pp. 49–56: Christopher Tolkien earlier wrote of the compass points drawn on the first sketch of Thror’s Map: ‘The device at the top of the map apparently represents the points of the compass, with the seven stars of the Great Bear [Ursus Major] in the North (the black spots to the left of the stars are merely marks on the paper), the Sun in the South, the Misty Mountains in the West, and (I think) the entrance to the Elvenking’s halls in the East’ (The Hobbit, Unwin Hyman, 1987, pp. v–vi).
In the September 1987 number of Beyond Bree (‘The Compass Symbols on Thror’s Map Reproduced in the 50th Anniversary Edition of The Hobbit’, p. 5), Donald O’Brien took issue with Christopher’s interpretation of the symbols for West and East, arguing (in particular) that since Tolkien had ‘chosen distant significant cosmogonical phenomena – the Great Bear and the Sun – to designate the North and South on the ms. map, the other two symbols probably depict similarly significant phenomena’. He suggested that the symbol for West was the Pelóri, ‘with the central peak representing Taniquetil’, and that for East, a ‘rounded archway with its emanating rays’, was ‘the Gates of Morn’, both from ‘The Silmarillion’. Pat Wynne similarly suggested that the symbol for East represents the Gates of Morn in an independent note following O’Brien’s on the same page in Beyond Bree. He allowed that ‘the Gates of Morn as conceived in The Book of Lost Tales had become a discarded concept by the time Tolkien began writing The Hobbit’, though that did not ‘rule out the use of the concept in a purely figurative sense’.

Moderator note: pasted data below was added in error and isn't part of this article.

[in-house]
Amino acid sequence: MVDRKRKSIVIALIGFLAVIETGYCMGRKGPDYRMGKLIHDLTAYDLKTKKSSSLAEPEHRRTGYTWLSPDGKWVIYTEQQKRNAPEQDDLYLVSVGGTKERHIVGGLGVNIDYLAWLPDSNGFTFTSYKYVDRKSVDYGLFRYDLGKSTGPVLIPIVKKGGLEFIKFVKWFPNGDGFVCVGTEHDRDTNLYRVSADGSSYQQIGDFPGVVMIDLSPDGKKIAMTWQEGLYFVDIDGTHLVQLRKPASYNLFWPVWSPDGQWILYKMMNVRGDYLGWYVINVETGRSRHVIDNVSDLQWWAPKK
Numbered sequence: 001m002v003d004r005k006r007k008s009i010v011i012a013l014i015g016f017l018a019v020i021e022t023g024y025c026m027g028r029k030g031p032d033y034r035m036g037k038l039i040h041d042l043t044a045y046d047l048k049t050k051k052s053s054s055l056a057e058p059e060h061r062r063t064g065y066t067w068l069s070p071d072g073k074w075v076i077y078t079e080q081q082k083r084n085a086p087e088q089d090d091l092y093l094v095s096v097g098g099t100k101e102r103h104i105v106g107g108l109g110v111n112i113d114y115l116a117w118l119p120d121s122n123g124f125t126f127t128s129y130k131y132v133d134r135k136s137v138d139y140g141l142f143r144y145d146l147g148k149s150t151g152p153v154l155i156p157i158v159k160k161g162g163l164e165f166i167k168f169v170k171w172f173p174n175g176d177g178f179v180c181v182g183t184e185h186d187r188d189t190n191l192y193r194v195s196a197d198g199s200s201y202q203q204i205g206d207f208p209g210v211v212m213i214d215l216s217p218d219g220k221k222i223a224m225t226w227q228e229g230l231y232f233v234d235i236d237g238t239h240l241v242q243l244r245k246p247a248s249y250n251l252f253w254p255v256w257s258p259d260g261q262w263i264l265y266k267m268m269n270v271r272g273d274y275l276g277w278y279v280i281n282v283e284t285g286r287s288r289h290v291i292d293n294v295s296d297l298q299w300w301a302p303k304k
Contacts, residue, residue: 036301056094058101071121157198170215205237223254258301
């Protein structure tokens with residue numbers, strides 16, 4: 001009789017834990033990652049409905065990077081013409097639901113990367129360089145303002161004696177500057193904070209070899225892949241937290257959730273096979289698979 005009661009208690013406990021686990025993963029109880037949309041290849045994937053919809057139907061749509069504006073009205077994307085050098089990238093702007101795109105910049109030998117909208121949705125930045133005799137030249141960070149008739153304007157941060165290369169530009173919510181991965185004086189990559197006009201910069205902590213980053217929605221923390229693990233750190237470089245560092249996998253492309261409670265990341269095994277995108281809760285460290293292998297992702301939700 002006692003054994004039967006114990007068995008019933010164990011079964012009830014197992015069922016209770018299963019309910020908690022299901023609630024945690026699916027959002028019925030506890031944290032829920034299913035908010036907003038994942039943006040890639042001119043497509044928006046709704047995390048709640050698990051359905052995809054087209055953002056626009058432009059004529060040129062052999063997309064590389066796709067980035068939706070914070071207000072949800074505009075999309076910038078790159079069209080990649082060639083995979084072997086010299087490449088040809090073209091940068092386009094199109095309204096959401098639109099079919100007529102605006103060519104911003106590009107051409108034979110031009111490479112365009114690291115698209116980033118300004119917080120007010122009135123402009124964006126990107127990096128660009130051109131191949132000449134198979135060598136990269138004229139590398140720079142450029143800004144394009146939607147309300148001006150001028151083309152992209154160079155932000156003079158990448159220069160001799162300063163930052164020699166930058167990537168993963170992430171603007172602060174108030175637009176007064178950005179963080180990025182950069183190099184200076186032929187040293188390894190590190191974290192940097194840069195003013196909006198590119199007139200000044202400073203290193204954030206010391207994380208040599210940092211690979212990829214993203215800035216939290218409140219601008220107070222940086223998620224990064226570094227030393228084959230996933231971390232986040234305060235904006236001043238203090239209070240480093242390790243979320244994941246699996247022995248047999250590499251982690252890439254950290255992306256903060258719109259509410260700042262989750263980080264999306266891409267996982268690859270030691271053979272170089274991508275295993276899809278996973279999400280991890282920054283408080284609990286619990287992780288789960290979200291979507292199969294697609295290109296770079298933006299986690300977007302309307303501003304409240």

Christopher Tolkien responded to O’Brien and Wynne in the January 1988 Beyond Bree (‘The Hobbit Map Symbols’, p. 6). His interpretation of the symbol for East as the gate of the Elvenking’s halls, he explained, ‘was a suggestion rather than an assertion . . . based on what seems to me a striking likeness between the symbol and my father’s many drawings of the Elvenking’s Gate’, sometimes with a rounded arch and barred gates rather than doors. ‘On this view the rays above the gate are simply a conventional representation of the hillside above.’ In reply to comments by O’Brien concerning the location on the sketch map of the Misty Mountains and the Elvenking’s halls relative to Mirkwood and the Lonely Mountain – not in accord with the text of The Hobbit – Christopher suggested that his father may have had a more generalized idea in mind, ‘the Misty Mountains in the West of Wilderland, the Elvenking’s halls in the East’. Moreover, he notes, when the sketch map was made